Following a growing trend, the city council in San Luis Obispo along California’s central coast on Tuesday established a policy calling for all-electric new buildings that would take effect Sept. 1.
A resolution and two new ordinances were passed 4-0, with one abstention, by the five-member council over opposition from Southern California Gas Co. (SoCalGas). The measure was delayed earlier this year by the pro-natural gas group Californians for Balanced Energy Solutions, which is supported by SoCalGas.
In presenting the Clean Energy Choice for New Buildings program to the city council, sustainability manager Chris Read emphasized that the action was not a ban on natural gas. However, SoCalGas area manager Tim Mahoney argued that the action “effectively bans the use of natural gas both in residential and commercial new buildings.” Mahoney was supported by the Western States Petroleum Association and local Home Builders’ Association, which called the measure too costly.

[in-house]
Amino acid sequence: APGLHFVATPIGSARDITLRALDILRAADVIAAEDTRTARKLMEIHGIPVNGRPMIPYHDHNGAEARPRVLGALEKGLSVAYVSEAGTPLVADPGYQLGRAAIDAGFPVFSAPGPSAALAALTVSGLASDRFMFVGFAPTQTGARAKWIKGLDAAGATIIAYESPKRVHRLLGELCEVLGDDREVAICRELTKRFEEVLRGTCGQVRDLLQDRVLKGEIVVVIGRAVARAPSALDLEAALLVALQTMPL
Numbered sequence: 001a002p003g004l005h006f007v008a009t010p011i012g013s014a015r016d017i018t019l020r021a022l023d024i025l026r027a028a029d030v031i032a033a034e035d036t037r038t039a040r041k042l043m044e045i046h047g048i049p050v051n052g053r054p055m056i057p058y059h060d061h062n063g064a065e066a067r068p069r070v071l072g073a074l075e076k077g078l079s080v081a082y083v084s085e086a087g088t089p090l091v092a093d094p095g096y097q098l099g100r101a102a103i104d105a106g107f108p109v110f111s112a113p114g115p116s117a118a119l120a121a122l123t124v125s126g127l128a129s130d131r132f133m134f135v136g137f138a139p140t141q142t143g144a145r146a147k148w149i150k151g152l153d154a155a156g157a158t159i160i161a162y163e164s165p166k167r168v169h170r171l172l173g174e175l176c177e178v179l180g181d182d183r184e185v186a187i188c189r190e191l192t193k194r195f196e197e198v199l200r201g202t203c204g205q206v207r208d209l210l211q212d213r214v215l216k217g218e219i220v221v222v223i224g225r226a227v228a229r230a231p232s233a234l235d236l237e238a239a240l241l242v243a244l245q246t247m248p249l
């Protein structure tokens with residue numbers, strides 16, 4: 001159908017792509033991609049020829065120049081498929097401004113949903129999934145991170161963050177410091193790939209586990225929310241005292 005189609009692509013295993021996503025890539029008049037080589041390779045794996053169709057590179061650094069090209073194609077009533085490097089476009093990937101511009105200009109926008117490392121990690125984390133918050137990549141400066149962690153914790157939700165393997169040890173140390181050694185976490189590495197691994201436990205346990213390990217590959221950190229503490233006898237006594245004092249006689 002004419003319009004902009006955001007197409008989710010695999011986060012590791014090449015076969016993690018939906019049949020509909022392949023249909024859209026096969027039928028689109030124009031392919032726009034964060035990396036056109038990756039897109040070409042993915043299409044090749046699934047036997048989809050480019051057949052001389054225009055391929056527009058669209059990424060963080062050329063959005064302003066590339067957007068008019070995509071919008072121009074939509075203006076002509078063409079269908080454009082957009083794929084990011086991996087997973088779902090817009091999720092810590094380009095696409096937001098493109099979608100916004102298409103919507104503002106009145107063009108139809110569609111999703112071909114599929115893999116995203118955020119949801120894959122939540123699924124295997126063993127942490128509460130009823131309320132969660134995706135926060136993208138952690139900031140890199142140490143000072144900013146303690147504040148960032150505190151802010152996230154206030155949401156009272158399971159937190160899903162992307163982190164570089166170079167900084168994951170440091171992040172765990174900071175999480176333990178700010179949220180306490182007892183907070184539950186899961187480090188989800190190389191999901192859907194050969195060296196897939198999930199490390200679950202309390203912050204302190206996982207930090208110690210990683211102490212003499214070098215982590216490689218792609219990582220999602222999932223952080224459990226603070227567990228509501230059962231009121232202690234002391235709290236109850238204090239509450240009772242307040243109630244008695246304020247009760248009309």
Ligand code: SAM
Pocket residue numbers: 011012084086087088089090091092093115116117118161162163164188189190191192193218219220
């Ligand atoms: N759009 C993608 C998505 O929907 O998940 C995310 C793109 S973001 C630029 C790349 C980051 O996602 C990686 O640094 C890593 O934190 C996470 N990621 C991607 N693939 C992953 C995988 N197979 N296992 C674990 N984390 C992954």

The council members were unpersuaded by Mahoney’s request that the issue be postponed to allow more input and analysis of the potential added costs for residents. Read summarized the program as a “clean energy choice” for new buildings in the push for reduced greenhouse emissions. Two separate ordinances would require higher energy performance in new buildings and offer both all-electric and mixed fuel options through 2022. A midterm report on the program is called for in June 2021.
While California’s climate protection targets are among the most aggressive in the nation, the city of San Jose last year became the largest population center to introduce a ban, joining eight other cities in the state in either banning the use of gas in new buildings or adopting electrification building codes that go beyond statewide requirements.
Spokesperson Pat Remick of the Natural Resources Defense Council said the San Luis Obispo measure provides “incentives and amendments to the local building code to incentivize all-electric new construction.” San Luis Obispo’s action, Remick said, “recognizes that pollution-free homes and businesses will be key in the drive to cut air pollution and greenhouse gases for their residents.” Once an advocate for natural gas, the environmental group now considers it an unwanted “polluting” energy source.
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